Sunday, March 28, 2004

Progression of Independently Produced Internet Content

At the "WTF : WTF's The Future?" event yesterday a comment by Romek Szczesniak of "SpikyBlackCat" got me thinking again about the likely order in which types of content produced for distribution over the Internet by independent artists is likely to enter the mass market. What I am talking about here is content produced by individuals/small groups/collaborations (i.e. a highly fragmented production base), not material produced and released by the major record labels / movie studios - although the sharing of back catalogs from such organisations over P2P networks cannot be underestimated in terms of stimulating demand for this type of material.

Basically MP3s are/have initially been the most popular file type produced for distribution over the Internet due to their small size and ease of use (only need an audio device to consume, rather than visual display for movies and pictures) and have been followed by other audio file formats (AAC, WAV etc). It would appear that music videos are likely to be the next popular step due to their relatively small size and the large user base that has established potential demand for related subject matter. There is also a strong incentive to produce such material as it is excellent for promotional purposes. Then small (5-10 mins) independent films (initially created under optimal quality settings for Internet distribution) on subjects that appeal should become popular, followed by TV style programs of 15-30 mins and finally full length films.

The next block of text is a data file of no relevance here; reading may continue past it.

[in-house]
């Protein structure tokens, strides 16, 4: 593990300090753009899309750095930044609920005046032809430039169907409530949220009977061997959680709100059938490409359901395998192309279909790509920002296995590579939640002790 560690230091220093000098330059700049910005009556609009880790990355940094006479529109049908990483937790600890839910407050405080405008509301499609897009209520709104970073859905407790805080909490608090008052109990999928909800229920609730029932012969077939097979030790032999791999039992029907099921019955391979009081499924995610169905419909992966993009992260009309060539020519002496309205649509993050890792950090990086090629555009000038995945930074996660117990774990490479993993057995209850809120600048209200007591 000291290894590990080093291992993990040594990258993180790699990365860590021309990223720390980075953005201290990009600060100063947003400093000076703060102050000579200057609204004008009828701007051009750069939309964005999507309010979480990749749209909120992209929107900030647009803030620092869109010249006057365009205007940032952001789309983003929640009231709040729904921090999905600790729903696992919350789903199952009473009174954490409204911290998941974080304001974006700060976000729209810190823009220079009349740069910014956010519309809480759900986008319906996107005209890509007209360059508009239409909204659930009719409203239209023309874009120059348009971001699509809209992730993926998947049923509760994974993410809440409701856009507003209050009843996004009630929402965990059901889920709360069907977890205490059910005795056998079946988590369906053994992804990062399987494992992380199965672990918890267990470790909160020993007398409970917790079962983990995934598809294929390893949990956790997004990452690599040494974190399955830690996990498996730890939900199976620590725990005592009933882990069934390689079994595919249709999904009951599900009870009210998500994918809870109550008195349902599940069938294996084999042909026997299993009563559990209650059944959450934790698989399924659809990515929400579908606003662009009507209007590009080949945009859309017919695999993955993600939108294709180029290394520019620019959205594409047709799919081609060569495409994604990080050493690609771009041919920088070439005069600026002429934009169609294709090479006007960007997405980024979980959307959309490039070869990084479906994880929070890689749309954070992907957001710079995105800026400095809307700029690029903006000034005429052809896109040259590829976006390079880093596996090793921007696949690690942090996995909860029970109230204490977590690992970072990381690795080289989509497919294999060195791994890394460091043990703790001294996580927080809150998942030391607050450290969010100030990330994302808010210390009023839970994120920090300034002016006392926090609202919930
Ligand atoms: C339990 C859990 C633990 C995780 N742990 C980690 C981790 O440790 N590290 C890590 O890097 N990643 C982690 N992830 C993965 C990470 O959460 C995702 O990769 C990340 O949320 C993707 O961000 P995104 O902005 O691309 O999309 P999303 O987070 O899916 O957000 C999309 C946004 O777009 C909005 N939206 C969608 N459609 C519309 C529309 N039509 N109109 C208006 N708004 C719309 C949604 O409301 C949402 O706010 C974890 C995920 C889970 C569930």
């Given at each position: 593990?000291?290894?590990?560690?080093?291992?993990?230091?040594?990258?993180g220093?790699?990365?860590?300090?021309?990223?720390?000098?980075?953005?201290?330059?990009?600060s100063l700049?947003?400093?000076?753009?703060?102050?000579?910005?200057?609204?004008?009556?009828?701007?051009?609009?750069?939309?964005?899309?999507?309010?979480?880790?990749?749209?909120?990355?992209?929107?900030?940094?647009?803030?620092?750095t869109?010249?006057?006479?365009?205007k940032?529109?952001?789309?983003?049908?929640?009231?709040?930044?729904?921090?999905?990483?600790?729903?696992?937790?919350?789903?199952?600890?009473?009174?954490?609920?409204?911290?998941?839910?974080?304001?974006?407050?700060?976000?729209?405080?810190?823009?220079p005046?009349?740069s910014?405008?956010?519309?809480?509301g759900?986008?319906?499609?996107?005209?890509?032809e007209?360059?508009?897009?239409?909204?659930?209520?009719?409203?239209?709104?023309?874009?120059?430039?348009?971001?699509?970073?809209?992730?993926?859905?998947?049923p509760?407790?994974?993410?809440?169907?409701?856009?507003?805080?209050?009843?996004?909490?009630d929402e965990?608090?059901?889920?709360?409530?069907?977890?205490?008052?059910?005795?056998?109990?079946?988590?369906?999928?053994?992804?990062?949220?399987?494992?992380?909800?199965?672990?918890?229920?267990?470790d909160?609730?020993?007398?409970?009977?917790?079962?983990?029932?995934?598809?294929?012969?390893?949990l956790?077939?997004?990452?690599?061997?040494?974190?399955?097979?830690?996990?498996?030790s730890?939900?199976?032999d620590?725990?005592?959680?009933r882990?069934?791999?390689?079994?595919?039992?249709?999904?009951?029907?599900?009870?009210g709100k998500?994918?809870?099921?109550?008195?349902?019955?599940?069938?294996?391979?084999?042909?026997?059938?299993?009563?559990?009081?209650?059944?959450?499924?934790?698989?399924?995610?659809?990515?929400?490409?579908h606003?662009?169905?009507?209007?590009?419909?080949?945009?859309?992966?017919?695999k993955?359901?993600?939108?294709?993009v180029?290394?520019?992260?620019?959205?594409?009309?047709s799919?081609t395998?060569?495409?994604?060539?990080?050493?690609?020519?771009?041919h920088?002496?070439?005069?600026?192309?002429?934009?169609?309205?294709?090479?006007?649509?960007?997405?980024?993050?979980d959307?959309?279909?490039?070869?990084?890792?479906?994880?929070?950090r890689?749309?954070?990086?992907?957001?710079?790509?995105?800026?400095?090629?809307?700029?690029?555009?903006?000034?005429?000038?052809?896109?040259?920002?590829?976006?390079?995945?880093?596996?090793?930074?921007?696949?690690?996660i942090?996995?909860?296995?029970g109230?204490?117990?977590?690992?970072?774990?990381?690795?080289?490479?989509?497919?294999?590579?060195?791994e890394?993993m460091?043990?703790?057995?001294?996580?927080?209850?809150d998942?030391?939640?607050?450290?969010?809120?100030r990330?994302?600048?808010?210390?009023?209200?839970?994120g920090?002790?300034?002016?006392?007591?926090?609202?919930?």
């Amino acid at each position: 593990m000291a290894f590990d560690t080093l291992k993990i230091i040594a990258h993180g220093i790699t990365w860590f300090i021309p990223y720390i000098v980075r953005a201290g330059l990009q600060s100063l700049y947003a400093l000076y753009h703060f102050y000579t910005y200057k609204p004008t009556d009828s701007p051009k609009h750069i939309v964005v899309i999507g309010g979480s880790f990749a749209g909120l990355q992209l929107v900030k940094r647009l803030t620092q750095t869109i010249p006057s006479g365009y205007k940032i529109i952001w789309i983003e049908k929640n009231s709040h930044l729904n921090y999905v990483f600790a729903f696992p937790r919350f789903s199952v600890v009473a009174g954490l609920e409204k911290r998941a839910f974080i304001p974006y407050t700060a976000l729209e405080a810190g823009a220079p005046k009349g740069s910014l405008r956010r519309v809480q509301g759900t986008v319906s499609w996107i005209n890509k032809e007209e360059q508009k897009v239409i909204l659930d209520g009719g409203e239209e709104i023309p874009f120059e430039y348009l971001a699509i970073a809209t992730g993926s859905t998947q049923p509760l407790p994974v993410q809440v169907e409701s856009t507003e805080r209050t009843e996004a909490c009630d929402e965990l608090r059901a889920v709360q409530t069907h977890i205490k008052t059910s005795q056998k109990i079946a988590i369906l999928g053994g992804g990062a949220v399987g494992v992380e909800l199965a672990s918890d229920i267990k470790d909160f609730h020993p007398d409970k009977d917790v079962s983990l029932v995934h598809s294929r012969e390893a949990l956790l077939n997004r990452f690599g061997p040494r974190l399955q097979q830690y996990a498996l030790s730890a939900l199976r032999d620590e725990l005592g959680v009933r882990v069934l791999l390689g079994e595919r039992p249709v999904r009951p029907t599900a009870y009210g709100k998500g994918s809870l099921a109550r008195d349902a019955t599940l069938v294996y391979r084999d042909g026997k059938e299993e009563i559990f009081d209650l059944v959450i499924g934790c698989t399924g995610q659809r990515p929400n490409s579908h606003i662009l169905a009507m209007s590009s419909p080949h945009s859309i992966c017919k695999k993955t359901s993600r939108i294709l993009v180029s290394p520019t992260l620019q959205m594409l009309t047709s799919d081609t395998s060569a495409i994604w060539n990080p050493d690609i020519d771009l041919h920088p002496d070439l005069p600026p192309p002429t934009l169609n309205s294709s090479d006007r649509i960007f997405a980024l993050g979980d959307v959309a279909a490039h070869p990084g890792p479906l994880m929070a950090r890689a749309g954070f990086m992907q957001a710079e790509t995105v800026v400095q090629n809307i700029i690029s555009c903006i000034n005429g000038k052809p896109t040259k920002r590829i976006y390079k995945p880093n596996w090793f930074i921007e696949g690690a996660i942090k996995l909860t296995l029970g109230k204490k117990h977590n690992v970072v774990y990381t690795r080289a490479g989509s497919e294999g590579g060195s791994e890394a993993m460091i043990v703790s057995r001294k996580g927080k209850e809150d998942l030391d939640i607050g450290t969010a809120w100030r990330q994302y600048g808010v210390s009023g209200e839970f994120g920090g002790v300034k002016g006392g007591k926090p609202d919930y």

An example of an independently produced music video appearing for distribution over the Internet is Tweaking The Cute Gene (15Mb) by New Project. To download video "right-click" on the "Tweaking The Cute Gene" link and select "Save Target As..."

Note: this WMV file has not been released under a Creative Commons license - the full copyright has been retained, although it is free to download. The Production Company is OPVS Films, and their record label is Spiky Black Cat Records in the UK, and Shock Records in Australia and New Zealand.

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